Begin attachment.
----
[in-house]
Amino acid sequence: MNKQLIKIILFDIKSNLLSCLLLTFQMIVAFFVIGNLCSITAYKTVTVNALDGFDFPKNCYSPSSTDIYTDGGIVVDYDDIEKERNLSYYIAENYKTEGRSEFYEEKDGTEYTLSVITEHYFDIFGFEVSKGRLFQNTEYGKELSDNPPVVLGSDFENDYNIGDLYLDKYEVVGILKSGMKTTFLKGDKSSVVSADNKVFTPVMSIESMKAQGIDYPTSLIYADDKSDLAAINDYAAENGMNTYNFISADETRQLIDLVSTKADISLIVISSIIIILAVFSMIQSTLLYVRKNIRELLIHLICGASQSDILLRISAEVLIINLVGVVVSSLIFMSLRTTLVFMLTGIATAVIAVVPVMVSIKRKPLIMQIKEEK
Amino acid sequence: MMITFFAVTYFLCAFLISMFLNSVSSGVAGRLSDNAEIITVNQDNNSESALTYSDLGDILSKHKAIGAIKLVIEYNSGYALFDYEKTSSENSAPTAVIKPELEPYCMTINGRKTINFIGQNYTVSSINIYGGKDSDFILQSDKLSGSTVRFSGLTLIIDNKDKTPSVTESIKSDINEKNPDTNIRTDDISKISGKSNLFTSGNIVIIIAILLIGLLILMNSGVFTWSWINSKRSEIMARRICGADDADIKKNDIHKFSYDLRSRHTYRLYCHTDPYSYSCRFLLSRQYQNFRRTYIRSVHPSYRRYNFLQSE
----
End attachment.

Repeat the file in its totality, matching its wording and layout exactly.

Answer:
[in-house]
Amino acid sequence: MNKQLIKIILFDIKSNLLSCLLLTFQMIVAFFVIGNLCSITAYKTVTVNALDGFDFPKNCYSPSSTDIYTDGGIVVDYDDIEKERNLSYYIAENYKTEGRSEFYEEKDGTEYTLSVITEHYFDIFGFEVSKGRLFQNTEYGKELSDNPPVVLGSDFENDYNIGDLYLDKYEVVGILKSGMKTTFLKGDKSSVVSADNKVFTPVMSIESMKAQGIDYPTSLIYADDKSDLAAINDYAAENGMNTYNFISADETRQLIDLVSTKADISLIVISSIIIILAVFSMIQSTLLYVRKNIRELLIHLICGASQSDILLRISAEVLIINLVGVVVSSLIFMSLRTTLVFMLTGIATAVIAVVPVMVSIKRKPLIMQIKEEK
Amino acid sequence: MMITFFAVTYFLCAFLISMFLNSVSSGVAGRLSDNAEIITVNQDNNSESALTYSDLGDILSKHKAIGAIKLVIEYNSGYALFDYEKTSSENSAPTAVIKPELEPYCMTINGRKTINFIGQNYTVSSINIYGGKDSDFILQSDKLSGSTVRFSGLTLIIDNKDKTPSVTESIKSDINEKNPDTNIRTDDISKISGKSNLFTSGNIVIIIAILLIGLLILMNSGVFTWSWINSKRSEIMARRICGADDADIKKNDIHKFSYDLRSRHTYRLYCHTDPYSYSCRFLLSRQYQNFRRTYIRSVHPSYRRYNFLQSE